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Is my office dog a business expense?

Our accounting partner explains which working dogs can claim an expense..


Working dogs such as those in farming, search and rescue, police, and military are classified as "stock or plant" and are owned by the business. This means that they can be claimed as a capital allowance, providing full relief for purchasing costs. Additionally, feeding and caring for them would be considered a tax-deductible expense, including veterinary care. If the business is VAT registered, they can also recover VAT on the costs of feed and vet bills. In fact, businesses with working dogs can claim a weekly dog allowance of £7.63 per dog per week, which is tax-free. Woof-tastic!


It's worth noting that there is limited guidance from HMRC on how to treat different working animals for tax purposes. For example, even a cat used to control mice in a grain store would be considered a working animal and would be taxed like a working dog.


Claiming expenses for Office Dogs

Although having a dog in the office can boost morale, HMRC does not classify office dogs as "working dogs." Since the dog is likely to be the boss's pet, it would be difficult to argue that any costs incurred are for the business. HMRC also specifically states that employees with dogs who are required to travel cannot claim tax relief for additional kennelling or care fees as these costs are a result of personal circumstances, not the job itself.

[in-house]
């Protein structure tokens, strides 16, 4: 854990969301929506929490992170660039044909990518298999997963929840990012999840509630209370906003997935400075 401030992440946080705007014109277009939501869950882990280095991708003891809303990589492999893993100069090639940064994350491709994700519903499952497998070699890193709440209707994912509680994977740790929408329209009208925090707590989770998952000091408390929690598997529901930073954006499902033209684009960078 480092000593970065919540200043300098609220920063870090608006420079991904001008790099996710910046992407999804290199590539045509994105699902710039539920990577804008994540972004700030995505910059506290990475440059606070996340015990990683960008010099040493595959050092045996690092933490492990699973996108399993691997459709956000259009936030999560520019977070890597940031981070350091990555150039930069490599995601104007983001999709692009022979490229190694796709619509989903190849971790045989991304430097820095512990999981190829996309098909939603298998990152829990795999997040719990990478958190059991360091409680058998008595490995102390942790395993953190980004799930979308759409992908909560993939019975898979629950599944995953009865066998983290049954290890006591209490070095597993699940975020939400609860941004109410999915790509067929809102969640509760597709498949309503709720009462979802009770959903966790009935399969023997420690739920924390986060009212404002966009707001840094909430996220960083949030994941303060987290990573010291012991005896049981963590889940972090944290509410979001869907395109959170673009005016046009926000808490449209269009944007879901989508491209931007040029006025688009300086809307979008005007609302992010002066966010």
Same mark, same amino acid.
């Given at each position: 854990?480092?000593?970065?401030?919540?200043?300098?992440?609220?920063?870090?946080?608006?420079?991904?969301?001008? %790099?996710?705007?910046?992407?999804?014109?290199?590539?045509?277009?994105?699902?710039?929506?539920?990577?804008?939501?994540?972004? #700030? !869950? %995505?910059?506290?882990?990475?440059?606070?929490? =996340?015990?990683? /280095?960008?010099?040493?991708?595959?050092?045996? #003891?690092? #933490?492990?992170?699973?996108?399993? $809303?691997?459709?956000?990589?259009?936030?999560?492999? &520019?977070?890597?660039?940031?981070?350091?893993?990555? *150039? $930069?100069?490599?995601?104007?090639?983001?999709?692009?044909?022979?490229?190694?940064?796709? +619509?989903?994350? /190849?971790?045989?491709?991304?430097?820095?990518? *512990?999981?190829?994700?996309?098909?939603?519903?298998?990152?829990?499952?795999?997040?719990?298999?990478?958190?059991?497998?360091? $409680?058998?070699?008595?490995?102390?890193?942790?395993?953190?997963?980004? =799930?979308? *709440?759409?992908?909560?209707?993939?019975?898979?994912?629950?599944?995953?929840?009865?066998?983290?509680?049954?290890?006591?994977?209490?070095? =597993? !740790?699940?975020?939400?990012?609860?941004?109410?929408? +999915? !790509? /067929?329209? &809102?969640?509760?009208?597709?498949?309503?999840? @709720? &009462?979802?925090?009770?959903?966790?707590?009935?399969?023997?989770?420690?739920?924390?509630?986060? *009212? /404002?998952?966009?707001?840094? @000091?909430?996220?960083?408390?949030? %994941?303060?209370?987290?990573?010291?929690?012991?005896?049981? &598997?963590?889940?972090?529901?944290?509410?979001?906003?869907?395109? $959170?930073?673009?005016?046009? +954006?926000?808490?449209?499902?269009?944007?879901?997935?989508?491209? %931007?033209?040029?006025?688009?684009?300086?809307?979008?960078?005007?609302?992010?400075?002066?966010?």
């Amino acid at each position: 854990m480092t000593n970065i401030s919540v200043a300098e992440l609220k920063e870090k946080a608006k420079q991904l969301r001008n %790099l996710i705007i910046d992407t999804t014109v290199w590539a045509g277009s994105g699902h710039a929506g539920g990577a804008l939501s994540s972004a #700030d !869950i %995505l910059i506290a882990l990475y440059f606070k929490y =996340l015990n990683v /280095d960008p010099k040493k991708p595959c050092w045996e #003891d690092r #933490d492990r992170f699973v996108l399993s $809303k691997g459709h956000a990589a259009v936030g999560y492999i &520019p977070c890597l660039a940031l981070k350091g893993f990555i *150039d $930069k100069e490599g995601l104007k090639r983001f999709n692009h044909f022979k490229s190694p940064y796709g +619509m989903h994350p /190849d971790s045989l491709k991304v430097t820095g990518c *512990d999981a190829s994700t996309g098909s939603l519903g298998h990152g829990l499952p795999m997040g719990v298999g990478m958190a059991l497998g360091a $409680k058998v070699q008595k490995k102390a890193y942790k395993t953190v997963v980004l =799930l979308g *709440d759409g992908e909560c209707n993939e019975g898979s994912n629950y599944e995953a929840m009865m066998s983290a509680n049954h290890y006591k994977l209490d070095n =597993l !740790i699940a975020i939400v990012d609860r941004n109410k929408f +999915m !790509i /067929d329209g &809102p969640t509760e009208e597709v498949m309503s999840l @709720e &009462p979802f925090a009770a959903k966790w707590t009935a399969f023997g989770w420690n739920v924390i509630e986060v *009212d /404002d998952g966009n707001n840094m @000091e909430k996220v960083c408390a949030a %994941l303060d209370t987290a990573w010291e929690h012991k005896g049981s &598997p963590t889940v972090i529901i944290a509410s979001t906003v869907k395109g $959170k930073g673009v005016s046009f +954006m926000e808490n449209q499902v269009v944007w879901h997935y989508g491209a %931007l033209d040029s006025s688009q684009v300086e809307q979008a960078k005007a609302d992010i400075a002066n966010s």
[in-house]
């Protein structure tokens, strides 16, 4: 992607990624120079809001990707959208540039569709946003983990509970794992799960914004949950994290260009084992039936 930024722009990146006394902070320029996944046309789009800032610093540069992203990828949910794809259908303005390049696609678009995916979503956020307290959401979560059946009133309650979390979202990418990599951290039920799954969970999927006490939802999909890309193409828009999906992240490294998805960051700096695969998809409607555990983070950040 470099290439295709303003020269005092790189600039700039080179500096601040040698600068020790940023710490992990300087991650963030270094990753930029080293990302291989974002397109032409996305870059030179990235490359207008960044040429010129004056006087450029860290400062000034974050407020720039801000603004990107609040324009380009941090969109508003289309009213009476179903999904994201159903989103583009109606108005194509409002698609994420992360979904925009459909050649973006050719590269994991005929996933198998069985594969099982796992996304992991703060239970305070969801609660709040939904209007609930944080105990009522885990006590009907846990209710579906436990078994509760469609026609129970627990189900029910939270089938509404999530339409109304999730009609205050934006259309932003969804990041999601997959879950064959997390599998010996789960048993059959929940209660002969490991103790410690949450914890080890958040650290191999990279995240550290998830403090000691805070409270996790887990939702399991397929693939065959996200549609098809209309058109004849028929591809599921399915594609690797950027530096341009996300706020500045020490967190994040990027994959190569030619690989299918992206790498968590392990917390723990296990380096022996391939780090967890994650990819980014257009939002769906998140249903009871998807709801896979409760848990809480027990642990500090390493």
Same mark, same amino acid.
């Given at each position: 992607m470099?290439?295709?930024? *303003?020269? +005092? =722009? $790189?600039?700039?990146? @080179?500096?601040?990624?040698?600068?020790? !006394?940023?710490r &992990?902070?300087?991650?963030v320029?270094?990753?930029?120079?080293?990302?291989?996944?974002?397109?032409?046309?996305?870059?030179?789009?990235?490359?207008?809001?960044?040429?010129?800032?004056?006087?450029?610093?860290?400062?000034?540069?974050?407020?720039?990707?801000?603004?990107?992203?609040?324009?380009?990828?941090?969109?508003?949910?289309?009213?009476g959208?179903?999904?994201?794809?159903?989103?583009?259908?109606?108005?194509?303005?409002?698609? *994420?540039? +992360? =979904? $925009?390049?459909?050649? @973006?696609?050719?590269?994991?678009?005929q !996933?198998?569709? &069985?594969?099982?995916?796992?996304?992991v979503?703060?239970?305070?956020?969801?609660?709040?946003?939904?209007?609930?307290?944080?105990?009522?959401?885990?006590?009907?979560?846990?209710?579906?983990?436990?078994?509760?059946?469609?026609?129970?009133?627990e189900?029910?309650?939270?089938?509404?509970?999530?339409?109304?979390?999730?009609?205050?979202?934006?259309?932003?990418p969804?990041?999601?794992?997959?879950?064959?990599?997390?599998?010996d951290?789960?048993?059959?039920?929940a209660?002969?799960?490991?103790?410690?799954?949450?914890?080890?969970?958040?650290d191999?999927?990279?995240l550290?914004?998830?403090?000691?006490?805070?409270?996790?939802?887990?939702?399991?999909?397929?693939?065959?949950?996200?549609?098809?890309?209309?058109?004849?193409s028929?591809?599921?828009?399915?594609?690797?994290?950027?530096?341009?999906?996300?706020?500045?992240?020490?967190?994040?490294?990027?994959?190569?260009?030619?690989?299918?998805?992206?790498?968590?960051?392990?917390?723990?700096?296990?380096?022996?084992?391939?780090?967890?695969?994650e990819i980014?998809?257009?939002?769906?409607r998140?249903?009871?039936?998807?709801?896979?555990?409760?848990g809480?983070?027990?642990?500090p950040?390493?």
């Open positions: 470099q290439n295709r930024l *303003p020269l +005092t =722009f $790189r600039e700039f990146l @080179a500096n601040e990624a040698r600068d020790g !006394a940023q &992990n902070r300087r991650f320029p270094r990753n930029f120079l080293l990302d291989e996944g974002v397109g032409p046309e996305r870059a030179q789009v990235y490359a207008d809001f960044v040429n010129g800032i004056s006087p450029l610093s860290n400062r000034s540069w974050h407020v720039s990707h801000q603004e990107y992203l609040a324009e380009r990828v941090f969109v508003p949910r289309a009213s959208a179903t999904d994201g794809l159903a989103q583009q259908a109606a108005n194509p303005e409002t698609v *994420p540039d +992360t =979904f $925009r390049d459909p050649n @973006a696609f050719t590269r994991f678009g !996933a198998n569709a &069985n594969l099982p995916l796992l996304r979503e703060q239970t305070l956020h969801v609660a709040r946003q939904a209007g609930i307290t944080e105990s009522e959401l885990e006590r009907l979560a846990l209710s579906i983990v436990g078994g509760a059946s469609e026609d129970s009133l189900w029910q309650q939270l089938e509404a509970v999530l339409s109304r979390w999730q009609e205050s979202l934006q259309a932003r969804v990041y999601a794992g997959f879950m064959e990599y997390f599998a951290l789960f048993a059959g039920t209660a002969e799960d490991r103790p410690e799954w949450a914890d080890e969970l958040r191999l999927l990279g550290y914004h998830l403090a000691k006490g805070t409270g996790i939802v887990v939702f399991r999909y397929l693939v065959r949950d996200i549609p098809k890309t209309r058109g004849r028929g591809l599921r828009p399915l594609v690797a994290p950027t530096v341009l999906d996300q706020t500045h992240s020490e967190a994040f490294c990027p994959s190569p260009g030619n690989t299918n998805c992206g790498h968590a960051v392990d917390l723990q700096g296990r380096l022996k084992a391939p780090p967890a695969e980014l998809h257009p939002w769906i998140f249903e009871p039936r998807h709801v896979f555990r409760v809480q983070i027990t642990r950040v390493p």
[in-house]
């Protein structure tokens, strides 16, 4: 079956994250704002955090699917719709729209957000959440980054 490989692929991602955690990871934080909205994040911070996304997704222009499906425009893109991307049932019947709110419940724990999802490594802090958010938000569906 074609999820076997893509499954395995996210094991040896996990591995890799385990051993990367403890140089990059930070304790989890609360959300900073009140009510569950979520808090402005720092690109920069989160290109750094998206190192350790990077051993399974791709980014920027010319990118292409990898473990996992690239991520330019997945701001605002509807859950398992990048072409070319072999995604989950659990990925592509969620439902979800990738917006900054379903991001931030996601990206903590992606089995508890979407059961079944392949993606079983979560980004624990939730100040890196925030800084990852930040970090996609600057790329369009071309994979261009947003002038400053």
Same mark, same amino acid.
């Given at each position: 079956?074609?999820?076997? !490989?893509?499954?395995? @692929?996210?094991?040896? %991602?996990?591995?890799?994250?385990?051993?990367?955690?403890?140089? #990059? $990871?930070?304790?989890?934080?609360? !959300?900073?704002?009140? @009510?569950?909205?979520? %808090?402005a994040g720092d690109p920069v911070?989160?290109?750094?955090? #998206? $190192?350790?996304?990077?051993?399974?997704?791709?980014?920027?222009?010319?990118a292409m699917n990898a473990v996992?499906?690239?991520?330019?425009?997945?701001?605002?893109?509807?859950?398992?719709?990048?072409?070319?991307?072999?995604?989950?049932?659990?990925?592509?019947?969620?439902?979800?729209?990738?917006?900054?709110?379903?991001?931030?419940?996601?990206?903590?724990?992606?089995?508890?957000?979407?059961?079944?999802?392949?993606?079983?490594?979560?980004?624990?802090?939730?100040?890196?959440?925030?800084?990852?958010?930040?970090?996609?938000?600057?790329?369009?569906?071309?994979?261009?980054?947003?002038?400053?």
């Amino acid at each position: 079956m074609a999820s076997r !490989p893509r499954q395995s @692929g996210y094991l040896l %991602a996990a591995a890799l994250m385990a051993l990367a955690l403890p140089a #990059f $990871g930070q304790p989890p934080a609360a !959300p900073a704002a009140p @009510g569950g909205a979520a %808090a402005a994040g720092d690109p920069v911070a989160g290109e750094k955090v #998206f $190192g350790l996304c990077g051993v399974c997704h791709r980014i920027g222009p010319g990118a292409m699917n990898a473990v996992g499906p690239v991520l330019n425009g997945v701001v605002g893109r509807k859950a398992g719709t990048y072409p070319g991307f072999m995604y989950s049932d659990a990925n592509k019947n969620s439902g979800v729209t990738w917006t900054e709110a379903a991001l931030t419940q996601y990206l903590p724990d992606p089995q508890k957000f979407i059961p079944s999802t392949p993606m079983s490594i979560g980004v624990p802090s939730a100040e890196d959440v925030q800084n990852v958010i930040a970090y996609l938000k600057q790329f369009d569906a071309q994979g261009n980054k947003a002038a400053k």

Claiming expenses for Guard/Protection Dogs

Just like a sheepdog on a farm, certain breeds of dogs can be used as protection dogs for business owners. HMRC considers dogs used in this role as working dogs if they are suitable for guarding and live mainly on the business premises. However, it may be challenging to claim expenses if the dog is also a family pet. It's essential to consider whether the dog is primarily a pet or a working dog that is a business expense.


Claiming expenses for Therapy Dogs

Dogs are often referred to as "man's best friend," and they're commonly used as therapy for humans. Working therapy dogs can be found in hospitals, care homes, schools, and more. Training a dog for this specialised role can be expensive, so there may be a case for deducting their expenses against the business. HMRC will consider the breed of the dog, just like with protection dogs. If the dog is taken home at the end of the working day, it can be considered incidental, like other types of working dogs mentioned earlier.